I will appreciate a lot all your help.

    Best regards,

  7. Hi Matthew,

    Thank you very much for sharing your WBS outlining code (I’m sure this is especially appreciated by those of us who are relatively new to VBA)! I know this is an old thread and perhaps you wont know about comments made today, but I thought it worth a try.

    I too had problems pasting this into a standard code module. It seems that there are extra characters in the paste above (i.e. “>” in the first Do Loop “Do Until (lStartRow >= lNumOfRows)” & “&amp” in the MsgBox calls). I don’t see “gt” or “amp” as declared variables, so I am assuming these are simply pasting errors. And when I remove these characters in the editor, the code will compile. However, as documented in your developers comments, you moved function “ResetLastCell” to make it a separate function called by function RemoveOutlining (shown at the bottom of the pasted code above). Would you be so kind as to please provide the function “ResetLastCell” too. Of course, this would be greatly appreciated.

    If my assumption about removing characters “>” & “amp” above was incorrect, it would be nice if you could post (or email me, if you prefer) an example workbook with this code working. Having a working WBS outline in Excel would make my work life a lot easier and would give me another useful VBA example to study and learn from.

    Take care and best of everything,

  8. Sergio: I switched to a better code rendering plugin for comments, but Matthew’s comments was before the switch. I just cleaned up the escape characters in his comment so you should be able to copy and paste it successfully now. Sorry for the inconvenience.

  9. Since I made that post last year, I’ve modified the code to make it faster and more robust. I’ve created an example workbook that contains all the outlining VBA code. I also included buttons and comments to help you debug the code and help learn how to use it and how it works. If anyone would like a copy, please email me at pflugs30{@] gmail (dot] com.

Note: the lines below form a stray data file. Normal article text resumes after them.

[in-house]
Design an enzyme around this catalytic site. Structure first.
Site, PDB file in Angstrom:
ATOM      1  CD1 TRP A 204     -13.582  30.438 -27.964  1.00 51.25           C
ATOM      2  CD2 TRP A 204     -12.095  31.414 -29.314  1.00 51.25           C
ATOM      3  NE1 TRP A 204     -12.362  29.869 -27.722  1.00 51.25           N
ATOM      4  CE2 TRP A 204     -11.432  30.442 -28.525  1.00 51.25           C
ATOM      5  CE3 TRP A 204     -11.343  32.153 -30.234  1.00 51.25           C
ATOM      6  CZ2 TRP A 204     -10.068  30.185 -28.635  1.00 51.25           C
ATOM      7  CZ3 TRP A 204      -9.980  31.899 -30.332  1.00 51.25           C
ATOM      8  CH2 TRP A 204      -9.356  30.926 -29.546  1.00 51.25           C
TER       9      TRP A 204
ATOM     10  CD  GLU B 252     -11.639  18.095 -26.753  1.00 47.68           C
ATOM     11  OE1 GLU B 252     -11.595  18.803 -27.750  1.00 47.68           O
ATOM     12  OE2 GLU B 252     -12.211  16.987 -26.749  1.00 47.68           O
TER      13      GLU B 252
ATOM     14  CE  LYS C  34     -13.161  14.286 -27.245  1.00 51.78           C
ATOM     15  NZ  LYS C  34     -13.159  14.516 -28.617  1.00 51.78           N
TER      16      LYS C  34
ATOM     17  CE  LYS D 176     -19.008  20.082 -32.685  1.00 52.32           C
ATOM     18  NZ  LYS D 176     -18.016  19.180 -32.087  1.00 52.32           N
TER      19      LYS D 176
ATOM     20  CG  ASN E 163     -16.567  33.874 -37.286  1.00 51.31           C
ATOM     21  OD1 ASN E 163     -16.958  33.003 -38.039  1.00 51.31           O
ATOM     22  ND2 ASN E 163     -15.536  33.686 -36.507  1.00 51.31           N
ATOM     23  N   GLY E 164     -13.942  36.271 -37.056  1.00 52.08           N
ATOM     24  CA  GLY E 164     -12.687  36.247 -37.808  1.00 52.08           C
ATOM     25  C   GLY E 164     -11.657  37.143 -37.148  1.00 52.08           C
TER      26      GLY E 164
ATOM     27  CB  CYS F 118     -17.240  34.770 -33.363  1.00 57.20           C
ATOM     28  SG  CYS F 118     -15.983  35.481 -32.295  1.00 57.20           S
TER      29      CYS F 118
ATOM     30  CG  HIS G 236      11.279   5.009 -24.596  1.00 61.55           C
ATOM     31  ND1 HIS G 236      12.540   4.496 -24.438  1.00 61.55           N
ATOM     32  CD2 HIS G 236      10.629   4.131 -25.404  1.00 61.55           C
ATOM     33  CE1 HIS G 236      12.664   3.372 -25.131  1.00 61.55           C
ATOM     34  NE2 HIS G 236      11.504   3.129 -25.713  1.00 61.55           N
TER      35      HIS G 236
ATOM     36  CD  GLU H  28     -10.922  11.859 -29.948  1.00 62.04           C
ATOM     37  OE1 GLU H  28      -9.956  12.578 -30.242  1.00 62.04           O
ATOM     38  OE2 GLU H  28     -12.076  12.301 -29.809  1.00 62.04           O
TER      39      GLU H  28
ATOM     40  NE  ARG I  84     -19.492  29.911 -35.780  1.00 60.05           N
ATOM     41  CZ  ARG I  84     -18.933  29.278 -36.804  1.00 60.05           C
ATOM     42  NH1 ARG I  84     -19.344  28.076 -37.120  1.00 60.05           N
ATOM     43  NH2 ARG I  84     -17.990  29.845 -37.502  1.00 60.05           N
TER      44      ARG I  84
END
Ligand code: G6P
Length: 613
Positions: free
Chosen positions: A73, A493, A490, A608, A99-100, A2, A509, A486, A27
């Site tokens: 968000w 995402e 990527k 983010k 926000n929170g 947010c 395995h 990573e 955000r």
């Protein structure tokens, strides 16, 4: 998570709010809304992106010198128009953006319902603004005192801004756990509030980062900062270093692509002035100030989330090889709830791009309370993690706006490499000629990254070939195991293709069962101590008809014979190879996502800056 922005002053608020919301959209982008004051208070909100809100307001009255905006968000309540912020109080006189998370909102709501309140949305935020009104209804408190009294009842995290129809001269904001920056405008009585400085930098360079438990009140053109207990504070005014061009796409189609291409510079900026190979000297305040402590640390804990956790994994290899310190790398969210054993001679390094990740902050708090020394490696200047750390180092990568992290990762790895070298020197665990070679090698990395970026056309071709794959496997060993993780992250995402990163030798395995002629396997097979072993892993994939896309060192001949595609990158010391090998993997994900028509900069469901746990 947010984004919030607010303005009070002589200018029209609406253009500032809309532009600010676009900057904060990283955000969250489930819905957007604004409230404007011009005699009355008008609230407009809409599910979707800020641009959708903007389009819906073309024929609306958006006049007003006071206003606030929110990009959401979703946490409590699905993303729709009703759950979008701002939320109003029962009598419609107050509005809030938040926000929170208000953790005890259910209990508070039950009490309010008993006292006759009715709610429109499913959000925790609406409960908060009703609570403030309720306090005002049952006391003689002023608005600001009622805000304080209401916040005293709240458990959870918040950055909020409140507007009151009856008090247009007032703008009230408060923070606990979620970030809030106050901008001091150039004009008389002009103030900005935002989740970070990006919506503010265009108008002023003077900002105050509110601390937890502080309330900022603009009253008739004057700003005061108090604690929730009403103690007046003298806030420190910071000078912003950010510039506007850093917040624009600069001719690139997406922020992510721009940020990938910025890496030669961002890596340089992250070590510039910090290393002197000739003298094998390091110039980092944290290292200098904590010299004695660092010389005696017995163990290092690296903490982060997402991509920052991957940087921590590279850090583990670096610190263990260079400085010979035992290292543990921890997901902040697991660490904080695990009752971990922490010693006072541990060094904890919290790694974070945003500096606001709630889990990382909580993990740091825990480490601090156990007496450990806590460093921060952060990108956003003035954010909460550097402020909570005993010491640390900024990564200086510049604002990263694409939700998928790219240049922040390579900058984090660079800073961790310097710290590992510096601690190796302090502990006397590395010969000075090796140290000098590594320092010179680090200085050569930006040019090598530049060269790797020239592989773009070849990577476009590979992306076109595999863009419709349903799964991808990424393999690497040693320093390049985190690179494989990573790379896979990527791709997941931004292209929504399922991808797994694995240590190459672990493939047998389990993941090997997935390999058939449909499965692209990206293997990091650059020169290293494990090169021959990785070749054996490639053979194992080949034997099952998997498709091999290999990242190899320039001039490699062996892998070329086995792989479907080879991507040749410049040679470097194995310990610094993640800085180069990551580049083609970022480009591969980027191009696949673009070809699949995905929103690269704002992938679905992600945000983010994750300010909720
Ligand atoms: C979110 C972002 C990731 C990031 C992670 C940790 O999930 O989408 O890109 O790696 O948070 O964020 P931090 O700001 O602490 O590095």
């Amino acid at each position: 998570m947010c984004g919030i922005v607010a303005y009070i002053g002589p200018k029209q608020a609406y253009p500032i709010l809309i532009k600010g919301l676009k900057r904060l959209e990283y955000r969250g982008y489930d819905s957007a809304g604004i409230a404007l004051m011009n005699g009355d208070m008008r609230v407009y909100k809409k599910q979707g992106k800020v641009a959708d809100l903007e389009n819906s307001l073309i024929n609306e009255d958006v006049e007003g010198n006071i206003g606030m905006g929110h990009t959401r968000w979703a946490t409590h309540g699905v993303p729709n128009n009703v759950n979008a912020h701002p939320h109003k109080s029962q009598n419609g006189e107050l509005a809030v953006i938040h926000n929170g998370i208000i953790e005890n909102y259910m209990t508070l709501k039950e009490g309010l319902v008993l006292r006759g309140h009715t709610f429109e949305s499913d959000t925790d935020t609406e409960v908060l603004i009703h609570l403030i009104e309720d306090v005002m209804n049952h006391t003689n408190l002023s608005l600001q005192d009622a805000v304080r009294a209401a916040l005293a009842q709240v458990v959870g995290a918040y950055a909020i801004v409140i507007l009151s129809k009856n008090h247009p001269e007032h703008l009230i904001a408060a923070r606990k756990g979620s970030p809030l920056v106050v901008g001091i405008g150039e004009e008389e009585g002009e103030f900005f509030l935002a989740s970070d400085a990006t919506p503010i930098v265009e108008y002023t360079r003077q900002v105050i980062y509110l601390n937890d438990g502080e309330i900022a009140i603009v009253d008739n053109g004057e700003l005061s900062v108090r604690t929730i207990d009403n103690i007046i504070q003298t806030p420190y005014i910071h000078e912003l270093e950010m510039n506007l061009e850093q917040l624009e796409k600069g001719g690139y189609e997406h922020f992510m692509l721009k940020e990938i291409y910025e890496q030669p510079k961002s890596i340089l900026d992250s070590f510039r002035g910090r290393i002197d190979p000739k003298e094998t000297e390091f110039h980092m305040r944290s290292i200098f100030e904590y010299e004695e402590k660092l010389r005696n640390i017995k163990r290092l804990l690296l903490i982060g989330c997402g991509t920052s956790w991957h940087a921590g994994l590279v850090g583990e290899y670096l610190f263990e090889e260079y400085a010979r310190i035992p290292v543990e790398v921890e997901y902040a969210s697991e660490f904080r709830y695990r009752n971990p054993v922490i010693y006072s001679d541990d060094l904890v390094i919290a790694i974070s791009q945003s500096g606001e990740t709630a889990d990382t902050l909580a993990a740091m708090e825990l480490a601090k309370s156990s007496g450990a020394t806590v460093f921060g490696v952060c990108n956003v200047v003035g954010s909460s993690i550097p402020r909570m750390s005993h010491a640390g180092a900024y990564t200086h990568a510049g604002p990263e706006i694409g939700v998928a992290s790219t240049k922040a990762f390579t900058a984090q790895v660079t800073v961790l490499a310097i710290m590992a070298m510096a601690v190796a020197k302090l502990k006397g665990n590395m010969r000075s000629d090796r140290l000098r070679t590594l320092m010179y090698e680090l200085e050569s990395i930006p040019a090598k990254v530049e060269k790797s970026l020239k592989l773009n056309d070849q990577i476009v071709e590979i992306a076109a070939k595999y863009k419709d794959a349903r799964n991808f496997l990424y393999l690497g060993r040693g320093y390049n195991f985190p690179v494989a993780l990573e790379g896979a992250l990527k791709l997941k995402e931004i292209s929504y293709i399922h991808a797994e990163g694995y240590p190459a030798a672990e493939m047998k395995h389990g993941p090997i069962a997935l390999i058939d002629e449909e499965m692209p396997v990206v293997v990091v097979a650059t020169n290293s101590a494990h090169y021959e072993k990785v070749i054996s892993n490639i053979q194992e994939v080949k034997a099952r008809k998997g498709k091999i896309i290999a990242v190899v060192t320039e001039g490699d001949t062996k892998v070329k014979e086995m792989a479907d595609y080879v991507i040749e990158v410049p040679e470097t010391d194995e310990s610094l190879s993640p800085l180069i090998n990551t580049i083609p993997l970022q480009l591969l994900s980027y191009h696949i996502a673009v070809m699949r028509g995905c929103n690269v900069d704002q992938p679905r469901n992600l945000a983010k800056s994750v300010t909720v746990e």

I use this code nearly 10 times a day to outline Bill of Materials data, and several of these workbooks contain thousands of rows. This outlining code is fast, robust, and well tested in both Excel 2003 and 2007. I hope it helps you, too. Have a great day!

  10. Update: I’ve had a lot of interest in this code, and I’m glad it’s helping folks out. I would like to clarify that the code doesn’t look at the WBS code to do the outlining; rather, it requires a numeric level value to group on. That is, “1? has a level of 0, but “ has a level of 4. You can calculate the Level from a WBS that uses a period (.) as its delimiter by using the following Excel formula:


  11. Being lazy, I do most ad hoc stuff from the immediate window and tweak it as needed.
    This means just entering commands without setting up any code modules.

    Suppose you’ve got a list of outline or indentation levels, as Matthew described.
    For the posted example this would be 0,1,2,2,1,2,2,2,0 down a column.

    To create the outline, you could select the range and enter from the VBE:

    Cells.ClearOutline: ActiveSheet.Outline.SummaryRow = xlabove: _
    For each c in selection:For i=1 to i:Next c

    If it needs to run faster you could try (with 8 = maximum outline level):

    For i=1 to 8: selection.columndifferences(activecell).select: _
    For each a in a:Next i

    Another useful thing is to link cells to parent rows. With the first column selected, try:

    for each c in selection.columndifferences(activecell): c.formula= _
    “=Hyperlink(“”#A””&row(” & selection.find(c-1,c,xlvalues,,,xlprevious).entirerow.address & “),” & c & “)”: next c

    Now you can trace dependencies with ctrl+[ and ] or Ctrl+Shift+{ and }

  12. The hyperlinks is a neat idea. If you’re going to do that, I would not use a FIND function, though. That has the tendency to be very slow, especially for large datasets. I would instead give each row a unique integer ID value and then create a “ParentID” column to store the ID value of the row’s parent. Then, you can replace the FIND function with an index function like INDEX or OFFSET which will calculate much faster and scale quite nicely.

  13. I am a newbie to building functions and macros for Excel, and for that matter VB. Could you please give me an example of the parameter values for (ByVal lLevelCol As Integer, ByVal lStartRow As Long)? I am a bit confused. For the example above, would lLvelCol be 1 and lStartRow be 2? When I attempt to run this I am getting some really strange values.

  14. Thanks for the info sharing Matt.

    The WBS to Outline Level formula is really what I was searching for!


    I use Excel and M Project all day long and every shortcut helps especially when trying to communicate between companies that use different PM software.